Chasing the Light Magazine, Issue 40
Photography spanning the globe to inspire and inform
Welcome to May 2015’s edition of Chasing the Light Online Magazine for our f11 Members
Earlier this year David and Wendy hosted another popular workshop in beautiful Iceland. So for this month’s Behind the Lens, David Noton presents a fascinating diary of the seven days they spent with the group, travelling around this challenging country in a Monster Truck with a Chain Gang to bag the best photo spots – this is accompanied by a Video Blog. In Part Six of our Low Down series on Exposure David considers the many shades of grey; then for this month’s How It’s Done he ‘scrabbles around in the dirt’, trying his hand at capturing the elusive simplicity of a fern in macro. In Stepping Back, David travels south to Andalucia to revisit his trip to the Spanish region back in 2000. And he also presents two of his ever-popular Fundamentals of Post-Production Videos.
With Spring upon us, in this month’s Hoddinott’s Hangout Ross Hoddinott introduces us to the subject he considers his party piece, dragons and damselflies along with some great practical pointers on getting out there and shooting your own. In The Storyteller, Chris Weston presents a thought-provoking piece on the four types of wildlife images he has created over the years, exploring the approaches and techniques he used for each along the way. And very much keeping to this wildlife theme, for this month’s Guest Feature I pose multi award-winning Dutch nature and wildlife photographer Jasper Doest a series of questions on his career documenting the world around us, accompanied throughout by a stunning portfolio of his unique work.
To all our f11 Members, we hope you’re continuing to enjoy our magazine but we need your pictures. If you fancy being featured in the Member’s Gallery and also entered into our annual photo competition, please send an email to email@example.com with three low-res jpegs and the story from behind the lens. We’ll look forward to hearing from you.
Chasing the Light Magazine Editor
They measure wind speeds in metres per second here in Iceland. Anything above 25m/s, that's 90km/h, and they start shutting roads. Today on the south coast around Vík, which just happens to be our planned destination, winds of over 40 m/s are predicted.
David could not contain his skepticism. What is the point of a Land Rover with metallic paint? And besides, proper Land Rovers are the bone shaker types that Defenders of the Empire have used for decades to patrol lonely colonial outposts from Naivasha in Kenya to Humpty Doo in Australia, not shiny Chelsea Tractors with air suspension, air conditioning, nine-speaker, in-car entertainment, anti-lock brakes and heated leather seats.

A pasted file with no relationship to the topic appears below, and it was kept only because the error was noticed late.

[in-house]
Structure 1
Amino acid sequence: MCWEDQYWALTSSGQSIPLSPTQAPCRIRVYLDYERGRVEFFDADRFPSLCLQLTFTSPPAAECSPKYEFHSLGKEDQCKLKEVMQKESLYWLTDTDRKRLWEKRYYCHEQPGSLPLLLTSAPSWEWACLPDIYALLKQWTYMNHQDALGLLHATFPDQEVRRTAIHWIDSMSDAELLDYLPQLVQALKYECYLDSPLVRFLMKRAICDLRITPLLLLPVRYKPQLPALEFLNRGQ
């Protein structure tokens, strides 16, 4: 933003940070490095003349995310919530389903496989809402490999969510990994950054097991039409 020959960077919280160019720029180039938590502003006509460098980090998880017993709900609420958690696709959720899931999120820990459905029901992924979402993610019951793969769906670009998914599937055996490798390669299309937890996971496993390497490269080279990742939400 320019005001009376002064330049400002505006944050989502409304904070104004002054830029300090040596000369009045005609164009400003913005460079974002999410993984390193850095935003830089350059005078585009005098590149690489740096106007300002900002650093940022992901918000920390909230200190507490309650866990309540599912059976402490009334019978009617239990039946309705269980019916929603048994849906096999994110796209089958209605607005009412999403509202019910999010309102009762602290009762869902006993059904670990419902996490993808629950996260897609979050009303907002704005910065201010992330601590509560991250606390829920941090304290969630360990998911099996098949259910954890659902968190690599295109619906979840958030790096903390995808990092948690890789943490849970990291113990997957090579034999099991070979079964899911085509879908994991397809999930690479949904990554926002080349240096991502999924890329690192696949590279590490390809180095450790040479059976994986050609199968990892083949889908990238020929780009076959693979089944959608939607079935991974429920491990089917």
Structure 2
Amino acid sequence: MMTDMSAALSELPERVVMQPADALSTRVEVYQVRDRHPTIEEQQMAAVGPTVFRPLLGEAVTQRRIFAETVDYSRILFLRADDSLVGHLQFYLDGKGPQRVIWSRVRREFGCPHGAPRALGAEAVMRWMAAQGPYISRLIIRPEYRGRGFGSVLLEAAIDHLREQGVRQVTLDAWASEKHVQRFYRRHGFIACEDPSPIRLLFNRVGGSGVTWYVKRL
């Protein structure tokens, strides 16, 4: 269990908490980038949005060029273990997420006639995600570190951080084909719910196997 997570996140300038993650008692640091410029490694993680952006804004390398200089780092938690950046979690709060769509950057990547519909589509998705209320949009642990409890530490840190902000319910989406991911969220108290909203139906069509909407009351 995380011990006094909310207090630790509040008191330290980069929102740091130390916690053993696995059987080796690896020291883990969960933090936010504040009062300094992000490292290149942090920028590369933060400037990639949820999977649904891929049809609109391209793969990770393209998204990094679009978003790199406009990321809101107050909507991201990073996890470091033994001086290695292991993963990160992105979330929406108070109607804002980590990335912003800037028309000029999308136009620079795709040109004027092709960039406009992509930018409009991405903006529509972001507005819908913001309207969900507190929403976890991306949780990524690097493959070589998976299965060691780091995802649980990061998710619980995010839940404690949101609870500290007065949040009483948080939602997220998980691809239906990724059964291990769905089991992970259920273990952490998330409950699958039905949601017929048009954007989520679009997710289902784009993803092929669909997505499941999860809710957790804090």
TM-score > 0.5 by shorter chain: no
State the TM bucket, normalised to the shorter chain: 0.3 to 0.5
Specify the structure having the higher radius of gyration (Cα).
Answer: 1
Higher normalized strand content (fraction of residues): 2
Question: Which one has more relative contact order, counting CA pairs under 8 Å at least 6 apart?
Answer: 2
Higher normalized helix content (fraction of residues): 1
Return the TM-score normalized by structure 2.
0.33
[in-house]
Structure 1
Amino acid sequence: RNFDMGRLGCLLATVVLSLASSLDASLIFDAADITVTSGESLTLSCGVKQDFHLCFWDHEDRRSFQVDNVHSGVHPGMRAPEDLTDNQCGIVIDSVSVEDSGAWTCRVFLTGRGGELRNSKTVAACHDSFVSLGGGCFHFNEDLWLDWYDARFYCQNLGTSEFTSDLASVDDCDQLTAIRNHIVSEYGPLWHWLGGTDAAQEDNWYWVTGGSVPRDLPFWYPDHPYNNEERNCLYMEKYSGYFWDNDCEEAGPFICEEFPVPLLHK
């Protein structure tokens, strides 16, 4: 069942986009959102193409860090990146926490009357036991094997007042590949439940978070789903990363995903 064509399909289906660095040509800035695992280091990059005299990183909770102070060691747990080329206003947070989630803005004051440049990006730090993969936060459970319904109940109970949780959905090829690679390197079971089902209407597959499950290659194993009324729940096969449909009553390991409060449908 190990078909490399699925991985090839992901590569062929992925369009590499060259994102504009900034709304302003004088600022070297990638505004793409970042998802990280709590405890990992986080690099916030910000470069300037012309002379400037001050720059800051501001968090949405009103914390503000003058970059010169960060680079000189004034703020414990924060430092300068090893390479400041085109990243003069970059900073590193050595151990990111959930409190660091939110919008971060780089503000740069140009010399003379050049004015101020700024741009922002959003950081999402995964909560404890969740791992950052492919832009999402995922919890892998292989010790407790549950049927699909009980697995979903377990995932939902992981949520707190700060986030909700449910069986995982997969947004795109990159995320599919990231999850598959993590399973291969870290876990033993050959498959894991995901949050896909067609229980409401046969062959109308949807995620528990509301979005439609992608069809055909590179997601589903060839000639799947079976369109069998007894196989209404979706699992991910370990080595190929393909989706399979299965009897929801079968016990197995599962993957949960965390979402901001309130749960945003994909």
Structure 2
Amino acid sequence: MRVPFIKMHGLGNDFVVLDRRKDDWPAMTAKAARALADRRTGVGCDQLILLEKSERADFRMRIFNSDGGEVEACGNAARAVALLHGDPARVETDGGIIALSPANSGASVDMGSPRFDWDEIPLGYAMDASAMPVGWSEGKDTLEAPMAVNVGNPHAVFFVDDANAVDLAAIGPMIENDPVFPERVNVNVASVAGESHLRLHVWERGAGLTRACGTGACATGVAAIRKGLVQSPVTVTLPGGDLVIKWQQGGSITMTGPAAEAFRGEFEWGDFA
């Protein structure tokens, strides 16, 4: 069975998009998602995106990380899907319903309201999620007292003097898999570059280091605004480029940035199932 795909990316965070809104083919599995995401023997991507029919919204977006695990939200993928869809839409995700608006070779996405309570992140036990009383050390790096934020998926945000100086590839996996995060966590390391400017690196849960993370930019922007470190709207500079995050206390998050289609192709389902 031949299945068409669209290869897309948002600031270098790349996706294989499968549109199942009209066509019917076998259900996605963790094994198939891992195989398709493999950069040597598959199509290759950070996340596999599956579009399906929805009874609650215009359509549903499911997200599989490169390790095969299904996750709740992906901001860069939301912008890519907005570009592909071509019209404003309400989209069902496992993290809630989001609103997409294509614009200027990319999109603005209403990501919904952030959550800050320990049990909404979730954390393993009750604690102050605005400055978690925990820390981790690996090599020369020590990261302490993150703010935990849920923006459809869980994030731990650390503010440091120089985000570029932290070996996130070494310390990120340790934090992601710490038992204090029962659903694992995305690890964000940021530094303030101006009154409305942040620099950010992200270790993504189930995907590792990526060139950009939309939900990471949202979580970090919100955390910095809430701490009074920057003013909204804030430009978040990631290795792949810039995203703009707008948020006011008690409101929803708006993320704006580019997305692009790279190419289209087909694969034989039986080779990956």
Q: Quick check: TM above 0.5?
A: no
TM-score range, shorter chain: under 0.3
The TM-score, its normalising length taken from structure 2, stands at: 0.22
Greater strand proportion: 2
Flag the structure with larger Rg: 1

It seemed that there was just one dull shade of grey apparent in the view of forlorn abandonment dimly visible through my rain-lashed windscreen. Bleak was the word, and not just for the scene. It was my first morning in Sutherland - had the 13-hour drive north really been such a wise move?
The brief was clear-cut: to portray the arrival of spring. Bluebells? Yes, of course, who can resist woodland carpeted in violet? But I shoot them every spring - everyone does - and I fear they have become a bit of a cliché.
I reckon every photographer has at least one subject, technique or location they are synonymous with. For example, regardless of all his travelling, I still immediately associate David with intimate and beautifully atmospheric photographs of rural Dorset. So what's my signature tune? In my mind there can be little doubt - my party piece has to be shooting 'dragons and damsels.'
This month I explore the new features to be found in the recently released latest versions of Adobe's Lightroom CC and Lightroom 6, starting with the photo-merge facility. This promises to be of significant use to photographers. In Part One I take some multiple exposures shot in a high contrast situation in an ice cave and successfully merge them in Lightroom.
In Part Two I tackle a trickier merging of ice cave images, this time featuring a solitary figure (guess who), and investigate how to solve the problem of ghosting when combining exposures featuring a moving object (or wife).
I have recently relocated offices, which gave me cause to look through my library of images, taken over my 14-year career in wildlife photography. As I thumbed through the large collection of Kodachrome and Provia transparencies, and scrolled through the thousands of digital files, I noticed an emerging pattern. My style of photography and the types of images I have made over the years have changed, as my photographic skills developed and as my experiences and connections with wildlife shifted and grew.
Recently the work of Jasper Doest, multi award winning nature and wildlife photographer hailing the Netherlands, came to my attention. Jasper has a unique empathy with his subjects, which is evident in his stunning compositions that truly convey the beauty and tranquillity of nature. To that end, I posed him some questions on his approach and technique as part of our Guest Feature series.
Please take a look around our f-11 members gallery. Share your photographs with other members and receive David's feedback on your work.